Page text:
# Figure 526 curves of equal energy inserted into the

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Figure 5.26.Curves of equal energy inserted into the first Brillouin zone for a two-dimensional square lattice.Figure 5.27.A particular surface of equal energy (Fermi surface, see Section 6.1) and thefirst Brillouin zone for copper. Adapted from A.B. Pippard,Phil. Trans. Roy. Soc. London,A 250, 325 (1957).60I. Fundamentals of Electron Theory
Problems1. What is the energy difference between the pointsL20andL1(upper) in the band diagram forcopper?2. How large is the “gap energy” for silicon? (Hint: Consult the band diagram for silicon.)3. Calculate how much the kinetic energy of a free electron at the corner of the first Brillouinzone of a simple cubic lattice (three dimensions!) is larger than that of an electron at themidpoint of the face.4. Construct the first four Brillouin zones for a simple cubic lattice in two dimensions.5. Calculate the shape of the free electron bands for the cubic primitive crystal structure forn¼1 and n¼ ´2 (see Fig.5.6).6. Calculate the free energy bands for a bcc structure in thekx-direction having the followingvalues forh1/h2/h3: (a) 111; (b) 001; and (c) 010. Plot the bands ink-space. Compare withFig.5.18.7. Calculate the main lattice vectors in reciprocal space of an fcc crystal.8. Calculate the bands for the bcc structure in the 110 [G´N] direction for: (a) (000);(b)ð0±10Þ; and (c) 111.9. Ifb1·t1¼1 is given (see equation (5.14)), does this mean thatb1is parallel tot1?5. Energy Bands in Crystals61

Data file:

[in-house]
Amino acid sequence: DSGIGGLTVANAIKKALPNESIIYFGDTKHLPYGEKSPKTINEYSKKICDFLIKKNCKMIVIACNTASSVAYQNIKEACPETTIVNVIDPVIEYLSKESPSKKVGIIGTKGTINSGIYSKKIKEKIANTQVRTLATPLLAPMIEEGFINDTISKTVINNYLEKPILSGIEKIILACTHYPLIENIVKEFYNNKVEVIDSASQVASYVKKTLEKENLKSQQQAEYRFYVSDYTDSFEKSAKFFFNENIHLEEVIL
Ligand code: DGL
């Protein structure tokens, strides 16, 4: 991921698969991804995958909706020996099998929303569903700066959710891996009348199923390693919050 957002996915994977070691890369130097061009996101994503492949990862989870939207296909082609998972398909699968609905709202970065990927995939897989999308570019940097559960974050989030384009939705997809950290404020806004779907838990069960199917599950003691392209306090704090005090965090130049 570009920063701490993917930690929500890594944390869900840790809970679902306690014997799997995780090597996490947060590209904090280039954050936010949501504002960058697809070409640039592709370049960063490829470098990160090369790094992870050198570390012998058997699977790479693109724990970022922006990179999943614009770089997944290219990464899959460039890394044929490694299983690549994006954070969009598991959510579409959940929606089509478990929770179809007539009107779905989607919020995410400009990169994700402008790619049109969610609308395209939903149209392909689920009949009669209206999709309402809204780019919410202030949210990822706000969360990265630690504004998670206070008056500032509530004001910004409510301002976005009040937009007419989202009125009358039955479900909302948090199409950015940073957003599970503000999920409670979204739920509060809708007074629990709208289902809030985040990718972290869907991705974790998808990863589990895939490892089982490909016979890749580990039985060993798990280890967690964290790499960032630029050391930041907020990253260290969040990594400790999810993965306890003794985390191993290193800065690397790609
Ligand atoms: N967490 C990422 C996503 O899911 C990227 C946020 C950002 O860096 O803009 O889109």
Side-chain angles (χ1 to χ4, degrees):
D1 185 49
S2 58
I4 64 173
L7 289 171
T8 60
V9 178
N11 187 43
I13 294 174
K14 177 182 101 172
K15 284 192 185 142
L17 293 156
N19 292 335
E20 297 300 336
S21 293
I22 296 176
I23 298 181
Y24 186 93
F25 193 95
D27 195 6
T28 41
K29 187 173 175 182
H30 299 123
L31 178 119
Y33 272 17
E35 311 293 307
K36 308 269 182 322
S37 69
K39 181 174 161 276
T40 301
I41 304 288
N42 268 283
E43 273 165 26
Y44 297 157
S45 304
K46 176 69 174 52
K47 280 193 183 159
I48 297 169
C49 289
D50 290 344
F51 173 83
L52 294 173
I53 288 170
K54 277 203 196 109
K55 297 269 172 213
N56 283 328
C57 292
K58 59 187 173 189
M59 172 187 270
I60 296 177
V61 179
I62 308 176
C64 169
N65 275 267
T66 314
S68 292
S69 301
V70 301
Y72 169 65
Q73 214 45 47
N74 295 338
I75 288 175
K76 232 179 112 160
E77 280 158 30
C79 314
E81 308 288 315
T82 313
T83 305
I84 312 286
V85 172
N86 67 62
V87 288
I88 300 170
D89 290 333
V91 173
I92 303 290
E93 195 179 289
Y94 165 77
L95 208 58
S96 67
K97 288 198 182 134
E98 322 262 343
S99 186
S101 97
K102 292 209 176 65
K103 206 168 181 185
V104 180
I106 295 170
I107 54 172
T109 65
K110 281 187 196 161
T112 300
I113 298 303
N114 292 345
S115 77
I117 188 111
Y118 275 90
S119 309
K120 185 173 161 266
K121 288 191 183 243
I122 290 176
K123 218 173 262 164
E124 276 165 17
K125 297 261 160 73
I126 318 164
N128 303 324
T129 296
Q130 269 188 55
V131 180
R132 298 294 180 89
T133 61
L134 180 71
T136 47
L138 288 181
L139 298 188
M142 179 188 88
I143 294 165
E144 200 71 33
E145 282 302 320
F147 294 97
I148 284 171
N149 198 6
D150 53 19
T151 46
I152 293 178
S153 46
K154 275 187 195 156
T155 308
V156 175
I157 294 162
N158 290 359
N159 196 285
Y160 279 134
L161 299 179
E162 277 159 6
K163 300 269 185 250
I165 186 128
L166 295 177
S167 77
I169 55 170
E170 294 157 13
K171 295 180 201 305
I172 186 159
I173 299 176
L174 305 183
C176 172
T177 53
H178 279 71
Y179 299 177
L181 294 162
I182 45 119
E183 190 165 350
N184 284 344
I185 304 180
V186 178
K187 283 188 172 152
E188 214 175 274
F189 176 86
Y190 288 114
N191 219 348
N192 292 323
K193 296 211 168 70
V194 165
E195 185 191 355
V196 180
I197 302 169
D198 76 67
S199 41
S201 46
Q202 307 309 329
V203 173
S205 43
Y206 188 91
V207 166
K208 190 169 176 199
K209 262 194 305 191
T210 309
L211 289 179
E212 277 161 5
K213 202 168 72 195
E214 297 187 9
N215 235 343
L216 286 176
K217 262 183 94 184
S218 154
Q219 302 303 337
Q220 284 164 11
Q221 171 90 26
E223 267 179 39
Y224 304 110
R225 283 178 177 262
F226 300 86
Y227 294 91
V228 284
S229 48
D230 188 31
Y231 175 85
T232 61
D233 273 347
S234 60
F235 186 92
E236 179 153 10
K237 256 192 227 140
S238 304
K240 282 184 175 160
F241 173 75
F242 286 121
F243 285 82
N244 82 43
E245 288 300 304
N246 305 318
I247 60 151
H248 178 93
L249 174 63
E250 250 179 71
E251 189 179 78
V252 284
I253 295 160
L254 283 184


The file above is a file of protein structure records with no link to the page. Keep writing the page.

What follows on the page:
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CHAPTER 6Electrons in a CrystalIn the preceding chapters we considered essentially onlyoneelectron, whichwas confined to the field of the atoms of a solid. This electron was in mostcases an outer, i.e., a valence, electron. However, in a solid of one cubiccentimeter at least 1022valence electrons can be found. In this section weshall describe how these electrons are distributed among the availableenergy levels. It is impossible to calculate the exact place and the kineticenergy of each individual electron. We will see, however, that probabilitystatements nevertheless give meaningful results.6.1. Fermi Energy and Fermi SurfaceThe Fermi energy,EF, is an important part of an electron band diagram.Many of the electronic properties of materials, such as optical, electrical, ormagnetic properties, are related to the location ofEFwithin a band.The Fermi energy is often defined as the “highest energy that the elec-trons assume atT¼0 K”. This can be compared to a vessel, like a cup, (theelectron band) into which a certain amount of water (electrons) is poured.The top surface of the water contained in this vessel can be compared to theFermi energy. The more electrons are “poured” into the vessel, the higherthe Fermi energy. The Fermi energies for aluminum and copper are shownin Figs.5.21and5.22. Numerical values for the Fermi energies for somematerials are given in Appendix 4. They range typically from 2 to 12 eV.

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Term
Fall
Professor
Ohuchi,F
Tags
Electron Theory